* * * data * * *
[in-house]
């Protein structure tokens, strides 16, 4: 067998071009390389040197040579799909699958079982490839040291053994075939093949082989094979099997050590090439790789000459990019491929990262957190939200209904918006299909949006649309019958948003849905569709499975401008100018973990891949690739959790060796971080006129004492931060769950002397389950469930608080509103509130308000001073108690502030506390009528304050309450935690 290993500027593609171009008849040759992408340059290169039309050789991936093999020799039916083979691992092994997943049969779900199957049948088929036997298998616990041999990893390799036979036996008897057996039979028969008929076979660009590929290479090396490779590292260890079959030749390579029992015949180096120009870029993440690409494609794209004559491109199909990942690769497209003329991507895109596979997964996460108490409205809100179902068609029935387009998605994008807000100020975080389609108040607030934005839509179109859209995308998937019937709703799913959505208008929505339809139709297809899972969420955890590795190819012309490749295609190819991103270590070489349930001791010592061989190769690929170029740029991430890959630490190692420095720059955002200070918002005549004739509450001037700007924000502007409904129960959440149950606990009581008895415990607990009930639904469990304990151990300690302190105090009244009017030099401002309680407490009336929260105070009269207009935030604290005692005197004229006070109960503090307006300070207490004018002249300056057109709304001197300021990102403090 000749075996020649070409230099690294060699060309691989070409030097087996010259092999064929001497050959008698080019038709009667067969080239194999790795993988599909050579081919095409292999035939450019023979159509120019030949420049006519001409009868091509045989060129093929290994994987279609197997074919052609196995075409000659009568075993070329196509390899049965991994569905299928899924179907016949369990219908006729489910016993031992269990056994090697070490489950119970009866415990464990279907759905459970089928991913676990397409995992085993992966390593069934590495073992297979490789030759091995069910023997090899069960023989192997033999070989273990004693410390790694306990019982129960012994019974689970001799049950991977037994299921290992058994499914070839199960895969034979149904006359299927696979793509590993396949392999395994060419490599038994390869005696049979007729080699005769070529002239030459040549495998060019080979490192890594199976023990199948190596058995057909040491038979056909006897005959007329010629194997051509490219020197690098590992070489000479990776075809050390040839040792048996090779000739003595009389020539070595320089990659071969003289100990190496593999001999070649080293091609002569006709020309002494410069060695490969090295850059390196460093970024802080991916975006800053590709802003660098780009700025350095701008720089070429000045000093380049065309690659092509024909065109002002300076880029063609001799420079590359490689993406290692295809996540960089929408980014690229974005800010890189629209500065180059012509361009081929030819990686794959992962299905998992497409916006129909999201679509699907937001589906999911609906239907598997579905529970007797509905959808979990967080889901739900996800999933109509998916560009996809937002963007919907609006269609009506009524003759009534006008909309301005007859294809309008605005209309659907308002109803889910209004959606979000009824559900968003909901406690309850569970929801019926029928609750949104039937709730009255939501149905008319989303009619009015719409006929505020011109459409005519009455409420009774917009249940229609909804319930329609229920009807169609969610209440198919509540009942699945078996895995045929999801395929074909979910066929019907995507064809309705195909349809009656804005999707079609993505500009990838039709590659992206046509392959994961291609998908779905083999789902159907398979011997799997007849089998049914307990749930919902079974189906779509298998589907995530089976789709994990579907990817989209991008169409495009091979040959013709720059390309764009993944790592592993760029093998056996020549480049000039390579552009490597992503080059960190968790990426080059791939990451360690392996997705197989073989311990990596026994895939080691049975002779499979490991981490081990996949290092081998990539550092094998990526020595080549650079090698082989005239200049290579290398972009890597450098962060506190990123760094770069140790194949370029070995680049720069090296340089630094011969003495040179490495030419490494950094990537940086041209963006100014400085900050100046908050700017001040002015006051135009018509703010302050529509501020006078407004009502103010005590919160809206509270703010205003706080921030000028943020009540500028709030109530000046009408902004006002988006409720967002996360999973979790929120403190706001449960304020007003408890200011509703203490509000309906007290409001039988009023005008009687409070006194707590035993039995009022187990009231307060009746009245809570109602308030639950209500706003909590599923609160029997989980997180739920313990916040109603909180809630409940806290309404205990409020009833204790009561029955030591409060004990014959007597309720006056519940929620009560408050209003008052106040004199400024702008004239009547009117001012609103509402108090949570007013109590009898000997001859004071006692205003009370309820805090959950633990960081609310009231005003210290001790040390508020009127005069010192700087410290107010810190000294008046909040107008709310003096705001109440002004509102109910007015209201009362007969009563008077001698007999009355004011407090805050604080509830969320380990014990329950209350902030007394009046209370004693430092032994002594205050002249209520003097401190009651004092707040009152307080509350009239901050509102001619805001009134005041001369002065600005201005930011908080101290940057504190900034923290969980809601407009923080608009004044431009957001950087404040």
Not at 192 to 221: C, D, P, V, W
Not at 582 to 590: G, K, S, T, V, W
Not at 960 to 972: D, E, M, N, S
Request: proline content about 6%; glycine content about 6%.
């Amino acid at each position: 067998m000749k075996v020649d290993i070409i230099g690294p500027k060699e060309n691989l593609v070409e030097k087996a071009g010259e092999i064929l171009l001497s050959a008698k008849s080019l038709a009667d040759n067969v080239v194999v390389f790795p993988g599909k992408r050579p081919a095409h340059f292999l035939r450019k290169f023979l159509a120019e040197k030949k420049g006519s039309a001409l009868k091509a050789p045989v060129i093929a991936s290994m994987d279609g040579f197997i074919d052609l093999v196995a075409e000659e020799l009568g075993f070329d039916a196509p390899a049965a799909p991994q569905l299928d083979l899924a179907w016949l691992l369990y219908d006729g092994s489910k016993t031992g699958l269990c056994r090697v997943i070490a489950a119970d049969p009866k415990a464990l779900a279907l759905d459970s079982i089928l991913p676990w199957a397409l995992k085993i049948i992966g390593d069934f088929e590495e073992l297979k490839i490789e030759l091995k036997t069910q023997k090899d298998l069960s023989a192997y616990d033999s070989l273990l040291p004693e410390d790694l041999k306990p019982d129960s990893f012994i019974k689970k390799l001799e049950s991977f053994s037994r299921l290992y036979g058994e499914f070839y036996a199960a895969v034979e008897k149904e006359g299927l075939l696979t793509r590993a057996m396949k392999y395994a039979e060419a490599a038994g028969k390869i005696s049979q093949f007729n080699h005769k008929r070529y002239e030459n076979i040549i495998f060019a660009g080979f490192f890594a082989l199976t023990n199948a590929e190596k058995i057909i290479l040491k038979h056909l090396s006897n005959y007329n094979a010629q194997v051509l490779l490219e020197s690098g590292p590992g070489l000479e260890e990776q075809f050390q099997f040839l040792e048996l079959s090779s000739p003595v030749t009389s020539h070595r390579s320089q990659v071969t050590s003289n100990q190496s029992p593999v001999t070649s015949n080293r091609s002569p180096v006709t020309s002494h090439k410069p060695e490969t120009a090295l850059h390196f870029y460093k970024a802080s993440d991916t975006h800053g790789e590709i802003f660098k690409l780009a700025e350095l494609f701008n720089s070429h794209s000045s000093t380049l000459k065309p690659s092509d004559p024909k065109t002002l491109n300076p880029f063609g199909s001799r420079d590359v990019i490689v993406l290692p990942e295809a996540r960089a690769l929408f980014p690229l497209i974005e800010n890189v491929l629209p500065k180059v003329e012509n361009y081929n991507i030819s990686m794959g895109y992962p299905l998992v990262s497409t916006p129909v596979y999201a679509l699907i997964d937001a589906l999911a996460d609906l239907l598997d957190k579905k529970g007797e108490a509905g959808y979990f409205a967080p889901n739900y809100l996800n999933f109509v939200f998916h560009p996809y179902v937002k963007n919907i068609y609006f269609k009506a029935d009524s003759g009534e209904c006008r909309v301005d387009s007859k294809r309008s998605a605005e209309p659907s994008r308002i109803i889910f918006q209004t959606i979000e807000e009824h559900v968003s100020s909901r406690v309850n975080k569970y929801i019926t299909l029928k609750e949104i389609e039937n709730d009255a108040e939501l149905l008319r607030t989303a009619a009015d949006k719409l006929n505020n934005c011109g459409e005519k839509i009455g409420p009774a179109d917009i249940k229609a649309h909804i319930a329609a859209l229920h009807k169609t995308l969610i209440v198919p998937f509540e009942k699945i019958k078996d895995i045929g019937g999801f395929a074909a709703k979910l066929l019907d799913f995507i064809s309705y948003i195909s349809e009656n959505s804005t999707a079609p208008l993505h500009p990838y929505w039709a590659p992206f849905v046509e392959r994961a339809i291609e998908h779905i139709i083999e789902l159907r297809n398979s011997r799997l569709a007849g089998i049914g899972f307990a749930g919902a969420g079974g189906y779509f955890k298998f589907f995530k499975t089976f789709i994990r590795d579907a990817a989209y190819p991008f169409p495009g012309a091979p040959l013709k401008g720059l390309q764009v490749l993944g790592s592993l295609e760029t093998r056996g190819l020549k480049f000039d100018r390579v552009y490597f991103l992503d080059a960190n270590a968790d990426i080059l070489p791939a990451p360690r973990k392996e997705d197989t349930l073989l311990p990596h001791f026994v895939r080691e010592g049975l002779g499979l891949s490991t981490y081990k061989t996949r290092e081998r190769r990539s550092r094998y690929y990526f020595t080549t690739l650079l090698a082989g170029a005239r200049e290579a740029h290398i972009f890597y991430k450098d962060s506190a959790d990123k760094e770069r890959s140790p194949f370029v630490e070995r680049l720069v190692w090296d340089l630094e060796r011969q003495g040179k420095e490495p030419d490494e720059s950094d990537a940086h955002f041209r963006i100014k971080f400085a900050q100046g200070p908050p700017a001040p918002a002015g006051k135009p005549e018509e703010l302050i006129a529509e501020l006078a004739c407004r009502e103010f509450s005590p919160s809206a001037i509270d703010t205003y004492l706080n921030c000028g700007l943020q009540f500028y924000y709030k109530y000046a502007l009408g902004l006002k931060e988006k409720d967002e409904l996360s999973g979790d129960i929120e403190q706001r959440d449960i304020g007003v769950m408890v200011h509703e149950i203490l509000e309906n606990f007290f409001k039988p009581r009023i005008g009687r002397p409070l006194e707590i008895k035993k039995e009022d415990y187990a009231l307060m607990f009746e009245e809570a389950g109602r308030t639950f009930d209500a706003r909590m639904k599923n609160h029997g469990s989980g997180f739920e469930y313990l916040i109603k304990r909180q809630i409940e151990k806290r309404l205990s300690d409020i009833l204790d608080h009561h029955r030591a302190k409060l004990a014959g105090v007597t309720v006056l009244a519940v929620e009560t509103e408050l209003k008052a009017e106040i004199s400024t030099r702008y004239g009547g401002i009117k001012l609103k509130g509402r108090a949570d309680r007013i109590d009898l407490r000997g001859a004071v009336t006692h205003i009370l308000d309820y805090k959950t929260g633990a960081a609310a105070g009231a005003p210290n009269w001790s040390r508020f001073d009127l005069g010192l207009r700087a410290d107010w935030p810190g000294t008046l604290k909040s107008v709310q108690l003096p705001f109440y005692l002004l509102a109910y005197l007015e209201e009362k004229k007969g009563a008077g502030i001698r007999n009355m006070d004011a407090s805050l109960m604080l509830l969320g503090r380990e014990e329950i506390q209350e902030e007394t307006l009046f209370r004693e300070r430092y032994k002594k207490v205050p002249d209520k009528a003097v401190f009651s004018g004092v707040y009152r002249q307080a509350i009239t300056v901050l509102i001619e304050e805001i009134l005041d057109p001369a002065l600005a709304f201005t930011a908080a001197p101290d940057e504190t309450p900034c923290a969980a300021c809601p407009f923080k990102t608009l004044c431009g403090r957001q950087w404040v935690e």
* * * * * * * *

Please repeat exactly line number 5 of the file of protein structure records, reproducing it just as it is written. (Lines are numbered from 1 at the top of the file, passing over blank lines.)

Not at 960 to 972: D, E, M, N, S